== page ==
Social media applications like Twitter provide us with a positive example of how outside business can impact education. As finely attuned to education’s needs as Edmodo is, we don’t go there for #edchat or to advertise our latest blog posts. While in many ways it’s right for us educators to resist running our schools like industrial-era businesses, we have to be careful not to dismiss out of hand what information-age companies offer us: useful products and a vision of the present and future that we can use to design relevant learning opportunities for our students. There is good leadership and vision for learning out there in the business world that is not the same thing as leadership for the further standardization of schools. Indeed, if we want our schools to be more relevant to students and more responsive to their inquiries, we need to better distinguish for ourselves what makes a business good or bad for our people – all of us – and our planet. If we don’t examine our disdain for business, we’ll nourish it to the point that we cut off lines of student learning because of adult prejudice. We can see where such adult control has gotten us – let’s not participate in it more fully by refusing to consider how business and education can learn from one another. How would we respond if Twitter – or any other privately held business – limited teachers’ participation in democracy or said, “We don’t serve educators here?”
At this point, I think we begin with a lop-sided relationship between business and education. I think we have a lot more to learn from business than business has to learn from us right now. When I look at an app like Gowalla, I see more benefit for education in adopting a similar model than I see for Gowalla in becoming more school-like. When I see an information-age workplace, I see more benefit for schools and class rooms in creating similar spaces than I see for those campuses in becoming more school- or classroom-like. When I look at programs like the Google Teaching Academy, I see companies that know more about educational technology (especially regarding inquiry and feedback) than educators know about those companies.
I think our contributions to business right now will have to be more abstract. I think progressive educators should engage with business people to help them see that there are educators, students, parents, schools, and classrooms out there pursuing teaching and learning that are completely different from those portrayed in pop media and on the nightly news, as well as from those kinds of teaching and learning currently privileged by the fed. If we could better educate information age businesses about how we progressives see education, perhaps they could more thoughtfully innovate communications and learning applications with us and our students in mind.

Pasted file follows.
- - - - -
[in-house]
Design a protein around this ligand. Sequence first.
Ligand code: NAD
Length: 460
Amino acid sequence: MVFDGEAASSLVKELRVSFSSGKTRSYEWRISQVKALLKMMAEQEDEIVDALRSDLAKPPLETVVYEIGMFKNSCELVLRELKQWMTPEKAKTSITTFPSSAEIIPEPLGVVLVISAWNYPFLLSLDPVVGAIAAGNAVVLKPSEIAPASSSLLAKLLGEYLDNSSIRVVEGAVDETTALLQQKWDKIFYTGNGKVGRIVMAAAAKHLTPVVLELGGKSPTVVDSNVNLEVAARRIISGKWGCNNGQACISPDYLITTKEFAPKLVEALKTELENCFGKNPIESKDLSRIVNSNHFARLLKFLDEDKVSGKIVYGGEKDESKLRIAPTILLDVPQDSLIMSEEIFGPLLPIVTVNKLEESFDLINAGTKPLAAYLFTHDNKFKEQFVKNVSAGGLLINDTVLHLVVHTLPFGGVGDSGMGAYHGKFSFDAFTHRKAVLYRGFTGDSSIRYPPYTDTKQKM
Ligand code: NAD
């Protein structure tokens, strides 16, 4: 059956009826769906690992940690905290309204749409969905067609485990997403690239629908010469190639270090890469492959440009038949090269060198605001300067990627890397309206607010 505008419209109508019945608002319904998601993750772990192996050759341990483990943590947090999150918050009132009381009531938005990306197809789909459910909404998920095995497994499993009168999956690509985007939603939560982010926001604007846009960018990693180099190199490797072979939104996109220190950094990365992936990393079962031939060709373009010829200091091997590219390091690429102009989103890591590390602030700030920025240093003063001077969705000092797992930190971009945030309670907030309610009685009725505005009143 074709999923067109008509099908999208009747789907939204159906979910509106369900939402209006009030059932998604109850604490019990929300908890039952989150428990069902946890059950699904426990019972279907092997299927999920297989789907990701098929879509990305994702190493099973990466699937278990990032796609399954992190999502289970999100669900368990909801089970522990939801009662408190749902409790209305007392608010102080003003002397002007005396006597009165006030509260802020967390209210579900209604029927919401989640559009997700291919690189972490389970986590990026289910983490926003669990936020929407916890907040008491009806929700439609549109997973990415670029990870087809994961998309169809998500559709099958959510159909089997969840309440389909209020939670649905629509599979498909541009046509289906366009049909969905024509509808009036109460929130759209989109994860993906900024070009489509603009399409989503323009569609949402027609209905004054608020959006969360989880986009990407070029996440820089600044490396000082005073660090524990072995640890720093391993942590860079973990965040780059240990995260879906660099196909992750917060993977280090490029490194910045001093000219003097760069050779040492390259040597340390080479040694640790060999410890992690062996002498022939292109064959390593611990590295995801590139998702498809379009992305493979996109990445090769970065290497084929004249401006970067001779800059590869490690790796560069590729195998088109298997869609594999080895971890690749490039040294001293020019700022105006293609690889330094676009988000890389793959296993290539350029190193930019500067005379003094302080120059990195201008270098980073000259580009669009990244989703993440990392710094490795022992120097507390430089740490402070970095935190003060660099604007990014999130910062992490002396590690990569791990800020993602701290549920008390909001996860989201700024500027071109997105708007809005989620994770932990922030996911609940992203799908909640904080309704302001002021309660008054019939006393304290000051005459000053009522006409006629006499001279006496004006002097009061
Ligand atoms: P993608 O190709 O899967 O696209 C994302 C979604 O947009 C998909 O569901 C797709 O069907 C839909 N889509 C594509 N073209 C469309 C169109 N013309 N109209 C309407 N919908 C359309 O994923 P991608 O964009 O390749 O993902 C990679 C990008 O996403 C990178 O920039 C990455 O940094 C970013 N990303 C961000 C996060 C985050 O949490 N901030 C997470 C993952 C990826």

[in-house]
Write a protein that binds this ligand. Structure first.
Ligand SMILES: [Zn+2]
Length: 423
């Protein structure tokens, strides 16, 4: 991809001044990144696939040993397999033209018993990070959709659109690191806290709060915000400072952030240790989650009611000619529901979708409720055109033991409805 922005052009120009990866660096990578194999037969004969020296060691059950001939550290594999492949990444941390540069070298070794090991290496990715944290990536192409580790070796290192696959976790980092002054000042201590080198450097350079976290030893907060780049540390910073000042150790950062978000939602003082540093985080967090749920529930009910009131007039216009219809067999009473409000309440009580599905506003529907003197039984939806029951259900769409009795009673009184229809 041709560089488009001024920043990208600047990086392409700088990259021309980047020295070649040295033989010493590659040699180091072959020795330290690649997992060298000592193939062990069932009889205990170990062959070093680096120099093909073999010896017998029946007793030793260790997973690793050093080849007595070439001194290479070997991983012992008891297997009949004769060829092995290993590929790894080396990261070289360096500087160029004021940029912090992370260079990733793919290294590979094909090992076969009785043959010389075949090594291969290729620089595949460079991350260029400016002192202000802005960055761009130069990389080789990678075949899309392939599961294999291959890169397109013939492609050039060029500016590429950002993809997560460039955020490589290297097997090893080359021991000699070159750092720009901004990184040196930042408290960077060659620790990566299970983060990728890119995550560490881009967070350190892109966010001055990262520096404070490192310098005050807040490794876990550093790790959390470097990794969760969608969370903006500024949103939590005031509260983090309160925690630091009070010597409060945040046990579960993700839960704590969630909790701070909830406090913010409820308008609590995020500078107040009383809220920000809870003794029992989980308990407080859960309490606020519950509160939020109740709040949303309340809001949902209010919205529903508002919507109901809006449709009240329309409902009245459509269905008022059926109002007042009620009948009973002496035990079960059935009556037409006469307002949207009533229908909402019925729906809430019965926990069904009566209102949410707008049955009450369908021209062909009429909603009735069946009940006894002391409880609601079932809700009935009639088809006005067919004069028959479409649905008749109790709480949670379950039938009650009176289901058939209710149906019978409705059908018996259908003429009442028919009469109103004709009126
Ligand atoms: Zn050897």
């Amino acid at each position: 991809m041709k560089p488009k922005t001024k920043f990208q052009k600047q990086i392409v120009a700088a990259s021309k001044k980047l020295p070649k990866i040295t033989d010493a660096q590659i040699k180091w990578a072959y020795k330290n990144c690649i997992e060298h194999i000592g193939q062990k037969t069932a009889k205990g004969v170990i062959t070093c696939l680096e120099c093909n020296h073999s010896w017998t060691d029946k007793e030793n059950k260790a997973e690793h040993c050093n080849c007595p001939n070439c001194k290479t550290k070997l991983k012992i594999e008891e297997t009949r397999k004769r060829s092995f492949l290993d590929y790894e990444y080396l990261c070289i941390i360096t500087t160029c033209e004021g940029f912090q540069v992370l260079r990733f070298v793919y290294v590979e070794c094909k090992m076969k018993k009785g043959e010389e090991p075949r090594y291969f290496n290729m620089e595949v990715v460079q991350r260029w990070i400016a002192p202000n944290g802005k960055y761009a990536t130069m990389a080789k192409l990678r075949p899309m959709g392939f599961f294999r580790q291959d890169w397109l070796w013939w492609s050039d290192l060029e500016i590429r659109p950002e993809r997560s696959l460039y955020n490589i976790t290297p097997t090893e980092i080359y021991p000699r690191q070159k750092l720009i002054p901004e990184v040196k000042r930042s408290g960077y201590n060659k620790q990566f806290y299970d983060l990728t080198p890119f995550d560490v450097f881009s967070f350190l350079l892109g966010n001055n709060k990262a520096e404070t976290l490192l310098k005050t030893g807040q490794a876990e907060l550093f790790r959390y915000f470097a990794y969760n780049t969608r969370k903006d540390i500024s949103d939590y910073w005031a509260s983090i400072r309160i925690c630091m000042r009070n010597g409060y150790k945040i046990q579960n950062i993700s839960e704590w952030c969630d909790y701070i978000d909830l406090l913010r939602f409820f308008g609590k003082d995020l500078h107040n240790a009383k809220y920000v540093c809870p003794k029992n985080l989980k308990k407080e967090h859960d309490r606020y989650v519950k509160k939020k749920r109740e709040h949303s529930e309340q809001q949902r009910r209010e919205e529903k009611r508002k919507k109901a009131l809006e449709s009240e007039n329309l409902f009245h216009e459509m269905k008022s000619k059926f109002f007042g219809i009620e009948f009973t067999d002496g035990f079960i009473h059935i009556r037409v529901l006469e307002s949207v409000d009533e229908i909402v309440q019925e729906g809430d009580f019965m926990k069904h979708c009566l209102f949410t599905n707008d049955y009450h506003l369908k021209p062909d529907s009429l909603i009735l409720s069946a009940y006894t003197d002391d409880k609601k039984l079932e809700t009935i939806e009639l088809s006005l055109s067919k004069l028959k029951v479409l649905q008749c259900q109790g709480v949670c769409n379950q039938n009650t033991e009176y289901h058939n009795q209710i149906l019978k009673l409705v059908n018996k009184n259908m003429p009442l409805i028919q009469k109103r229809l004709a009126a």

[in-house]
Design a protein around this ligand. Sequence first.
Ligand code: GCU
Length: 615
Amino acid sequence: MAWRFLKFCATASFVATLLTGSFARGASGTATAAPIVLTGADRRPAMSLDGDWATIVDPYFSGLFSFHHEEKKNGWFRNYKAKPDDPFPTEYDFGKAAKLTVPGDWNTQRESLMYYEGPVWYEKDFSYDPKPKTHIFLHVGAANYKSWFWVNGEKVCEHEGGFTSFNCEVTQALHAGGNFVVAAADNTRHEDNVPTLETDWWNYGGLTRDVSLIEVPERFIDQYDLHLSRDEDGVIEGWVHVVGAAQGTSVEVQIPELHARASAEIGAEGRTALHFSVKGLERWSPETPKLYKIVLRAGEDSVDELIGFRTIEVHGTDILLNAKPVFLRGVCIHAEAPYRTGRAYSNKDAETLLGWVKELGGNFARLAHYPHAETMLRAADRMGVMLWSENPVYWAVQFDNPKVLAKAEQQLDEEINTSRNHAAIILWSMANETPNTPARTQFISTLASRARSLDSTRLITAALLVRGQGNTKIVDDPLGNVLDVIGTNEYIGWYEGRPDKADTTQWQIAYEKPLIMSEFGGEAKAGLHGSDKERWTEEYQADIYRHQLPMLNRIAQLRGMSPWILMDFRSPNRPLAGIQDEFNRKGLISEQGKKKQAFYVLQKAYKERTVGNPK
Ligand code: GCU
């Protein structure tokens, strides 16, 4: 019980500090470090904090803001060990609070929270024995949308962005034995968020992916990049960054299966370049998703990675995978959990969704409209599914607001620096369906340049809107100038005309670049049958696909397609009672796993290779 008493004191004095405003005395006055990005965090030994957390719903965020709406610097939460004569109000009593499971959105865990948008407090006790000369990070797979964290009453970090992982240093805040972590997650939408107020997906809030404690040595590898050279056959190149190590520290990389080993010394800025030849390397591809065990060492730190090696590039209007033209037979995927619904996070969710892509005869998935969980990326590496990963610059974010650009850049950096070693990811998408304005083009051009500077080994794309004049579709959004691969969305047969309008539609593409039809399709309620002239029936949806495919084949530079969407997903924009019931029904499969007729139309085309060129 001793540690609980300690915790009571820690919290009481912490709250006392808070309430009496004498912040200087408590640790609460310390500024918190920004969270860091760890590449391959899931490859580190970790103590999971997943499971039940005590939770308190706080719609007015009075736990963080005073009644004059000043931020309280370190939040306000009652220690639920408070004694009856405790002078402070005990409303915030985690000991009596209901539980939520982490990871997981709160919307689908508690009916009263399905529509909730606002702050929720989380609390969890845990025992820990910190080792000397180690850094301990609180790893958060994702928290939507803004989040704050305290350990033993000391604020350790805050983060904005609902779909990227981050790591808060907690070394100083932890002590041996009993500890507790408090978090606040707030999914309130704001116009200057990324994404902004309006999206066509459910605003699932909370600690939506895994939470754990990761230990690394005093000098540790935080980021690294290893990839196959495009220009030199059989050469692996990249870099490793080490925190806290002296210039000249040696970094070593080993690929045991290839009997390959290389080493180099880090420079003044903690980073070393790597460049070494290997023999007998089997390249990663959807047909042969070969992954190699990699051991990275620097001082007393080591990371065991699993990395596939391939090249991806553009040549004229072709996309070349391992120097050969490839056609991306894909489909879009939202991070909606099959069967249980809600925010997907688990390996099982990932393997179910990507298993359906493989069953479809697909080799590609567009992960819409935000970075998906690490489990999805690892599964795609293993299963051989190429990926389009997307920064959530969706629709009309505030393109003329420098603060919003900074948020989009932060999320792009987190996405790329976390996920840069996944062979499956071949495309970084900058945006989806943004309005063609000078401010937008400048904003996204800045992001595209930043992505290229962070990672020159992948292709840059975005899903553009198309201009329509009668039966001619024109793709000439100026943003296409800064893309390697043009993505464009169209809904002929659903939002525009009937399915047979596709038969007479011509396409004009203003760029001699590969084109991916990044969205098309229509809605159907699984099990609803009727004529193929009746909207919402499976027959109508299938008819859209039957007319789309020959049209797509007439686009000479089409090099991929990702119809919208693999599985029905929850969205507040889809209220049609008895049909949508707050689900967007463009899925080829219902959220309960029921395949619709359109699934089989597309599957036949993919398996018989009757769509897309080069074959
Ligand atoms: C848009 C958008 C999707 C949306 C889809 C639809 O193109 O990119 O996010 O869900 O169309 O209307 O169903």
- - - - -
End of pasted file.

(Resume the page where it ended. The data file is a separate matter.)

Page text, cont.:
Eventually, I would love to see a proliferation of partnerships between progressive education and businesses looking to do some good and to commingle and gift innovations in teaching and learning with one another and the world. I would love to see a Google Labs school rather than more Kaplan centers or Bigbox schools. I’m convinced that as the privatization of school becomes more profitable, we’ll see corporate schools run by some mix of assessment, curriculum, and venture capital partners, in addition to the public schools we now see coöpted by the same groups. I hope we’ll see just as many entrepreneurial schools founded by progressive educators and corporate visionaries who know that they’re next generation of leaders will come from schools that foster innovation and motivating discontent, rather than from those that demand compliance and blithe consumerism. I know there are leaders in both business and education who see public schooling as something far greater and more important than an opportunity to profit. We have to connect the progressives on both sides to one another to do more than reshuffle the deck.
I don’t know how to make this happen from inside public education, let alone from inside a classroom. I don’t think public education has created or even acknowledged the need for positions like those I envision as necessary for creating the partnerships and schools I see and want. To be fair, who has the FTEs or political capital to justify a new producer/programmer/teacher/coaching/community engagement hybrid position in charge of undoing school? I can hear school boards’ media- and government-fed incredulity now: our schools don’t even work and you want to do what?!
I want to slink around in a classroom and see what I can do to graduate students with a bigger idea of what school and business can be than I had both when I graduated and when I started teaching. It sucks that I think of this as slinking, but I really don’t want to spend more time justifying what is right to people who remain staunchly convinced that what we know about learning, motivation, innovation, and the future is wrong.
So here’s my plan:
- Learn more about how businesses that do good and about how they work.
- Teach the economics portion of our civics & economics class with more real-world examples and hands-on business development work than the curriculum suggests.
- Learn how to write a business plan.
- Come up with a useful progressive idea, product, and/or service and business plan to gift to educators.
- Do some kind of case-study on the Coöp and examine how it can broaden its impact in transforming education without becoming primarily concerned with itself as a brand.
- Invite a business mentor to critique my classroom set-up, work-flow, and communications against best practice in information age workplaces and share the feedback.
I’m up for collaboration. Let me know what you see. It would be awesome for business and education to become one another’s NASAs of the information-age.